The internal structure of cephalopods is of particular importance in their classification, particularly among fossil forms. Because the shell is aragonite (as, of course, are those of most molluscs) fossils usually occur as internal molds, with the shell dissolved away. The photos below show closer views of the specimens shown above. The one at left shows the suture or line of juncture between the internal shell wall and the last septa. This suture exists because the septa are added to the shell sequentially as they are needed. Fossilization typically involves filling the camerae with sediment and then dissolving away the shell. The suture would then be visible at the surface of the resulting internal mold. The photos at right and below show two other related features of the septa and chambers. The expanded opening that connects each pair of adjacent chambers through them is called the septal neck. In life, an organic tube (the siphuncle) connects all the septal necks. The function of this system is to allow removal of residual body fluids from the chambers as they form, giving the phragmocone a positive buoyancy with respect to the body and keeping the animal oriented properly in the water. It was assumed for many years that the cephalopods could rapidly pump water into and out of the chambers to control their overall buoyancy and thus depth, but this has now been proven wrong.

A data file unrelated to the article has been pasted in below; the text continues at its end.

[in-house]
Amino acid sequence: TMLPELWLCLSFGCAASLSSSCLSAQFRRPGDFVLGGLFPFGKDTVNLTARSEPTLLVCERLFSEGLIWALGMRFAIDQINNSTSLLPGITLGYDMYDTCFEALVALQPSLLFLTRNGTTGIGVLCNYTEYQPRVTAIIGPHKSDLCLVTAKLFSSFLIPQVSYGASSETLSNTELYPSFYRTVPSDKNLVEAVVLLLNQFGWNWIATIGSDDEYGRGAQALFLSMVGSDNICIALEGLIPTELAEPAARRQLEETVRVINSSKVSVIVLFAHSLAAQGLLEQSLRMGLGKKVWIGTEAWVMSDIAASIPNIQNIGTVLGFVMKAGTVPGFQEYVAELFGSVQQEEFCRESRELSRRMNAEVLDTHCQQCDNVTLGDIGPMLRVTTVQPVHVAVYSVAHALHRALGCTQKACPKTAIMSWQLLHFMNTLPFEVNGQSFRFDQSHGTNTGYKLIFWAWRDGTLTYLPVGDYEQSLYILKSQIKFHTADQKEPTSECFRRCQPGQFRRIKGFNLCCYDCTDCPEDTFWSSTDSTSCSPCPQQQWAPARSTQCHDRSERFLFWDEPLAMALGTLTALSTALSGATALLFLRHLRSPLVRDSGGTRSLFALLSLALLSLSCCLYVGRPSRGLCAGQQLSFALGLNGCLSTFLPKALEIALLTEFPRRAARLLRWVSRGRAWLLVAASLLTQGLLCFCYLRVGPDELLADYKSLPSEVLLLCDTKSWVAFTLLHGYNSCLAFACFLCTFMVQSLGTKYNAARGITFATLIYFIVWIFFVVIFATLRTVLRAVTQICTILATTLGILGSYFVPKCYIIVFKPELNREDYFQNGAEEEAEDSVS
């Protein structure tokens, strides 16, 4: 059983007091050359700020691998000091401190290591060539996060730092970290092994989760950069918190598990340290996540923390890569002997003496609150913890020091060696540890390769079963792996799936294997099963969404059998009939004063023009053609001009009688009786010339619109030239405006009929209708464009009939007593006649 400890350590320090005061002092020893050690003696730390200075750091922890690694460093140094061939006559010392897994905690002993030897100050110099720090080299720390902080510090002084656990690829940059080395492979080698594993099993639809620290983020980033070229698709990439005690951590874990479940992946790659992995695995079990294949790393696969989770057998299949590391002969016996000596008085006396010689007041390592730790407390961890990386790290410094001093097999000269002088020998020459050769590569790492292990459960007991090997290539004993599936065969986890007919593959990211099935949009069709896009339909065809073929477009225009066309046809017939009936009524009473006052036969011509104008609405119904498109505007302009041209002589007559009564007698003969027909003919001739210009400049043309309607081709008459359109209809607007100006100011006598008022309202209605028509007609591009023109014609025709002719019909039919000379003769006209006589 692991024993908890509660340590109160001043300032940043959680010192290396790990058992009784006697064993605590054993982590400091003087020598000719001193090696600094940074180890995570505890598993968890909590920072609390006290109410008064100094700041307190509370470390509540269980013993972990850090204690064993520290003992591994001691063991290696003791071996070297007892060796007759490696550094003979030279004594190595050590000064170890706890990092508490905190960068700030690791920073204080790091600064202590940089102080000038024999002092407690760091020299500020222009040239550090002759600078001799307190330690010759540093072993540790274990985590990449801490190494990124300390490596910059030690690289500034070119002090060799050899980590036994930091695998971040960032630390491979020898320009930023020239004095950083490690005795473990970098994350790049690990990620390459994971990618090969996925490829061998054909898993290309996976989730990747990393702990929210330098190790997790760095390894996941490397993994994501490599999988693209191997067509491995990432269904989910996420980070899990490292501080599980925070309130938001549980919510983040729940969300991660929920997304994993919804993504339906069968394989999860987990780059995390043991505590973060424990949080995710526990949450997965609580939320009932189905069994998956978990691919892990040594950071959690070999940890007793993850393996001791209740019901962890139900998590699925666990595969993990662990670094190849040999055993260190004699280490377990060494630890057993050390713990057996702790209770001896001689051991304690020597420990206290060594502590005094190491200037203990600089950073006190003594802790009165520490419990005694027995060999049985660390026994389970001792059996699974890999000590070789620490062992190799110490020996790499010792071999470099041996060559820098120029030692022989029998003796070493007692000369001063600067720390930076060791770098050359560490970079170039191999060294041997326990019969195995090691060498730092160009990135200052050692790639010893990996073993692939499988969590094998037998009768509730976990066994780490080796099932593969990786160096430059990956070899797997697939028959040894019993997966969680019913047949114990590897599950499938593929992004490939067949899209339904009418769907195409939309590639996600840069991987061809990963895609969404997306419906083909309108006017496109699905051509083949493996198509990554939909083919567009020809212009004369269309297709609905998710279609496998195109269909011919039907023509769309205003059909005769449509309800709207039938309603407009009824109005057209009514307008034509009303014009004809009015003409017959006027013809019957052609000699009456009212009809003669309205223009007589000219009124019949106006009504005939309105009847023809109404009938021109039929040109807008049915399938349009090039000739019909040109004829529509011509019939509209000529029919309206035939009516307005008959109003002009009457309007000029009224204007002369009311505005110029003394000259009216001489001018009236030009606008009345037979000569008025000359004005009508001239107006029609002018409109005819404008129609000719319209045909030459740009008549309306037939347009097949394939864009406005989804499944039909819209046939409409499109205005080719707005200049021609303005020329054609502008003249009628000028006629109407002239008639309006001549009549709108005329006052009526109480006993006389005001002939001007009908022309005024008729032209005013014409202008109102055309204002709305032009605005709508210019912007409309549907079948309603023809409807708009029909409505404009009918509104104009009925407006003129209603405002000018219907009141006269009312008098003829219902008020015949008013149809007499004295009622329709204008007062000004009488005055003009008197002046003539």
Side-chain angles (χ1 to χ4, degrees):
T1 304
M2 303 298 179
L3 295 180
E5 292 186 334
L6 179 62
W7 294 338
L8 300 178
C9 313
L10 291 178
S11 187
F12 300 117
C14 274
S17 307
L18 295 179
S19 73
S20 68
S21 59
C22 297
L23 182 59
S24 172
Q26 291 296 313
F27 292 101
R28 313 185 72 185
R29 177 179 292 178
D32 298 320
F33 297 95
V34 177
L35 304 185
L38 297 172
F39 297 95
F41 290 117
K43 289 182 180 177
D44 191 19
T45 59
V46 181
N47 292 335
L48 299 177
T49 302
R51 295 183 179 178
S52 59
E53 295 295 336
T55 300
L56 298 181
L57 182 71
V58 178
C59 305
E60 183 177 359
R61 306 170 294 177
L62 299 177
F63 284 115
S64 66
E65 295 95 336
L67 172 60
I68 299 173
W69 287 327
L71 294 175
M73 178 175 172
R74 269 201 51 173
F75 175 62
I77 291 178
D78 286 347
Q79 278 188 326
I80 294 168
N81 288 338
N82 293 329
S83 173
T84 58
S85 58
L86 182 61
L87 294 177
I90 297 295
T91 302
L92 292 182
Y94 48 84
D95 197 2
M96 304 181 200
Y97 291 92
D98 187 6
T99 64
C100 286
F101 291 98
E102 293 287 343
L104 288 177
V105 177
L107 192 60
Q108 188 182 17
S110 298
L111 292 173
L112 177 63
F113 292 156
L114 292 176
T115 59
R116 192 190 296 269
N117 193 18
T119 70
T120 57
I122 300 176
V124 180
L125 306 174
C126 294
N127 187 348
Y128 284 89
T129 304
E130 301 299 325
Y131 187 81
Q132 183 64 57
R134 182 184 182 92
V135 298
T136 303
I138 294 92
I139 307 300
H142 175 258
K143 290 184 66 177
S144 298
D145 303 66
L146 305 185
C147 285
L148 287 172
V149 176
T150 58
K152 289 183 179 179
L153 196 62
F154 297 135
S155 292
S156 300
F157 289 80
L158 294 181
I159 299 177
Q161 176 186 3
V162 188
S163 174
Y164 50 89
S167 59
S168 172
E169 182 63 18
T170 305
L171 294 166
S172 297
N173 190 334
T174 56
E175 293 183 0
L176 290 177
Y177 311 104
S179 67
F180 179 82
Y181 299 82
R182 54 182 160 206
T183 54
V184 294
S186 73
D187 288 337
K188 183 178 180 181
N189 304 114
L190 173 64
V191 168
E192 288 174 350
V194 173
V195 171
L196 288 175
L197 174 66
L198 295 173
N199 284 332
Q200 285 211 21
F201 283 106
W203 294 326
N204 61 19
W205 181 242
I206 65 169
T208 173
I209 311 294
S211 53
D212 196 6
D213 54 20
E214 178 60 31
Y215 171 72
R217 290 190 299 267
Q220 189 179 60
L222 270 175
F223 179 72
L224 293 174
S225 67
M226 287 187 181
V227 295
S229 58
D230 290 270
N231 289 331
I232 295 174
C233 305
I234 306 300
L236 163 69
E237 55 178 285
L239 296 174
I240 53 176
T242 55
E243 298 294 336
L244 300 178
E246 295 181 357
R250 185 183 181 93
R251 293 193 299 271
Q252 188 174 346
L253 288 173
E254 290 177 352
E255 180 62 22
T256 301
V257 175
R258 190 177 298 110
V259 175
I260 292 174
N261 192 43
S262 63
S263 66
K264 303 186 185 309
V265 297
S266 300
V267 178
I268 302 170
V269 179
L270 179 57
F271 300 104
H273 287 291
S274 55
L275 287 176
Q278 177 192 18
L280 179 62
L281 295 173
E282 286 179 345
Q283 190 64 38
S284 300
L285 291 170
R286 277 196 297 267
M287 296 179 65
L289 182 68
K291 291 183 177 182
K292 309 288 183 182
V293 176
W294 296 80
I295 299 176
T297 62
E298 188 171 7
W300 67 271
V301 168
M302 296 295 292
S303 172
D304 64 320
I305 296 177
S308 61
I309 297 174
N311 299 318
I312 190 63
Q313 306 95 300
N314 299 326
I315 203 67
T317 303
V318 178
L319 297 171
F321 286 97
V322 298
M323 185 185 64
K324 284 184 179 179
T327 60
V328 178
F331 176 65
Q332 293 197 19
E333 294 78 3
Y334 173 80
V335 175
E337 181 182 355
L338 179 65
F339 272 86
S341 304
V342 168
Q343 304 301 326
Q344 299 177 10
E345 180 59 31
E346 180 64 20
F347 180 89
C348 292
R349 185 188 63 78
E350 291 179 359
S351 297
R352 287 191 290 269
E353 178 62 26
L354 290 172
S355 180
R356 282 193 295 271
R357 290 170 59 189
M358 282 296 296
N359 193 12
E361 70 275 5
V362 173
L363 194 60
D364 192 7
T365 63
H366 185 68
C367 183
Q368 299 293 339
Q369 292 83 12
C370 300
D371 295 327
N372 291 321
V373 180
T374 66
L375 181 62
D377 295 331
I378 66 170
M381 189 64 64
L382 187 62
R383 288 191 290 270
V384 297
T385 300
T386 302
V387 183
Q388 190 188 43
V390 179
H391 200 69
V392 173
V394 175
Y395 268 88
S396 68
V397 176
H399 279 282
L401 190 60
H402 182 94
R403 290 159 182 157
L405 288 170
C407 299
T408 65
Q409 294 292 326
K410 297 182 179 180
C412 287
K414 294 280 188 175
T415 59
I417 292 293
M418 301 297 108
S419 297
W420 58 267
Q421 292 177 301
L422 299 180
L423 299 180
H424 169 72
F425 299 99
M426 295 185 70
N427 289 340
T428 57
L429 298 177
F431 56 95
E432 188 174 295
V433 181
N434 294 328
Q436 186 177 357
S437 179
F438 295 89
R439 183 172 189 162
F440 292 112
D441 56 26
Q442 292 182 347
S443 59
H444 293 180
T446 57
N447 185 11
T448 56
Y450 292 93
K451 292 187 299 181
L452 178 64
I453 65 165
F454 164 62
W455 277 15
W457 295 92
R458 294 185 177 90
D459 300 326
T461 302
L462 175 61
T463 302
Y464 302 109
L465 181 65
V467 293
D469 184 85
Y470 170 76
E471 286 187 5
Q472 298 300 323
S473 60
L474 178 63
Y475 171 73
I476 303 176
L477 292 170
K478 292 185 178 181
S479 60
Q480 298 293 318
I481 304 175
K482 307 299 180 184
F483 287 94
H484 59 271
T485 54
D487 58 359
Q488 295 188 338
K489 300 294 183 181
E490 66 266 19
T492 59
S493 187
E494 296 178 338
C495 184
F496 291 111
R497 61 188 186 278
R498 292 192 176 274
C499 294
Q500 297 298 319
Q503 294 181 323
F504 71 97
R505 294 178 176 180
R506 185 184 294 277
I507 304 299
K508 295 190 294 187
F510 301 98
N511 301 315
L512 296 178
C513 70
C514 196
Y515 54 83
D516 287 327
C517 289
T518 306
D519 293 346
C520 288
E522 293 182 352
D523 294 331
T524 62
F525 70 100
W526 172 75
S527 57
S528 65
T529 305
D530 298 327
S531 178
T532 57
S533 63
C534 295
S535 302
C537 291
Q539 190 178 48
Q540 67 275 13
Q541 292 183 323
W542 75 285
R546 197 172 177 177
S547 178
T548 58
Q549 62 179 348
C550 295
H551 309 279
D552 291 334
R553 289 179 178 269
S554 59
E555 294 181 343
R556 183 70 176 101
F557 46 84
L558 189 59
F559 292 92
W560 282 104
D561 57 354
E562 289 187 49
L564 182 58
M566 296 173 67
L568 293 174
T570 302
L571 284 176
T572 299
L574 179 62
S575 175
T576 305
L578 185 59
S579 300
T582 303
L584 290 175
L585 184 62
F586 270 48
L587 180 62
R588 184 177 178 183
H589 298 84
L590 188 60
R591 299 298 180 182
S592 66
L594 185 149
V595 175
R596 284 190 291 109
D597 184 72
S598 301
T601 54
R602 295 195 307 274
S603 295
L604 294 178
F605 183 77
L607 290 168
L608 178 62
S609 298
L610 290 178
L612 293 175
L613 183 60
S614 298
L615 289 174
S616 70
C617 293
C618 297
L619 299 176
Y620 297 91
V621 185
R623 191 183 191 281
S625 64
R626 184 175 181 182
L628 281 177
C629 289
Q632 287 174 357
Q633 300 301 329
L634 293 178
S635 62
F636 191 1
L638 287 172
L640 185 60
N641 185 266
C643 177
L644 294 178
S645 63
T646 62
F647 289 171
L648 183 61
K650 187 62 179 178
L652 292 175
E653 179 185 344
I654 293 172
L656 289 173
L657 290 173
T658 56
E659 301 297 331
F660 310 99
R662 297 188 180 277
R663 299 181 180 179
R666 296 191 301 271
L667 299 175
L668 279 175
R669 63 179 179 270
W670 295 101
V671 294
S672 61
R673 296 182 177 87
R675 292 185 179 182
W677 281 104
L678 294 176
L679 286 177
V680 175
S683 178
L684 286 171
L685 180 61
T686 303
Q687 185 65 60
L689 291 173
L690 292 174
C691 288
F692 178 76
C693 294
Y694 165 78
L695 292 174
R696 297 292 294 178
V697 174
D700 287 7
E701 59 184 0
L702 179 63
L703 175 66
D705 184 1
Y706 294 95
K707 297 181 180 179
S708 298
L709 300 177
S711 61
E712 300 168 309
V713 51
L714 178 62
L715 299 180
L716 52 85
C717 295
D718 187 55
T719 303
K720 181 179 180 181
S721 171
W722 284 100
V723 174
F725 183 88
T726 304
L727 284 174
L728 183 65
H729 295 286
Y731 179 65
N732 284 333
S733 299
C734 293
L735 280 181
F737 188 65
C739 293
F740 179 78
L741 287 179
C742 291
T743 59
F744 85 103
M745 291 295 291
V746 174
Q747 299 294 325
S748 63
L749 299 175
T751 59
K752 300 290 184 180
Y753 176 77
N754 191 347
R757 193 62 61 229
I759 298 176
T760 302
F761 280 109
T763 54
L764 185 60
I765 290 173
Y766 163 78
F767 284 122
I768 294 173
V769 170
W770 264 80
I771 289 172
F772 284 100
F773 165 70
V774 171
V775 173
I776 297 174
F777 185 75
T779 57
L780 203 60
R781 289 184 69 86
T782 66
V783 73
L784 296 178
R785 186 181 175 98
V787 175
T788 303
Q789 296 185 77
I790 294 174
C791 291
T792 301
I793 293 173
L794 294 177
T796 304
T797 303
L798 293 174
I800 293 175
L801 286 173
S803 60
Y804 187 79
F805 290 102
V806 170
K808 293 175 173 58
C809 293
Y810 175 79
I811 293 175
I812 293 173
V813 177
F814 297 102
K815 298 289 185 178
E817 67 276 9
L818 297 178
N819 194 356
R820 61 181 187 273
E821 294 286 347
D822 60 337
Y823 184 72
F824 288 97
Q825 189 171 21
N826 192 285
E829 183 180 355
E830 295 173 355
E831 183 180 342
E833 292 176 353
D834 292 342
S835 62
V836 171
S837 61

In some cases cephalopod fossils are preserved as molds of isolated chambers (photo below left Carter Coll. Gg3 -- Devonian of western Tennessee), but the many chambers or even the entire skeletal mold also holds together in many cases (below right Carter Coll. Gg2 -- Ordovician of southwestern Ohio). Notice that the lower of the specimens on the left shows the mold of the face of a septum, with the position of the septal neck quite obvious. The bottom-left photo (Carter Coll. Gg1 -- Ordovician of northern Kentucky) also shows the septal neck, and the one to its right (Carter Coll. Gg8 -- Ordovician of northern Alabama) shows a longitudinal cut of an endoceroid cephalopod with a very large-diameter siphuncle.
All the cephalopods on this page have simple septa that make straight or smoothly curved sutures with the shell wall. Such sutures are informally called nautiloid type after the genus Nautilus. Several orders of cephalopods in the Paleozoic had nautiloid sutures, for example, the Endoceroida, with their large-caliber siphuncles, but only the order Nautiloida in the post-Paleozoic had/has them. More correctly these are called orthoceratitic sutures.
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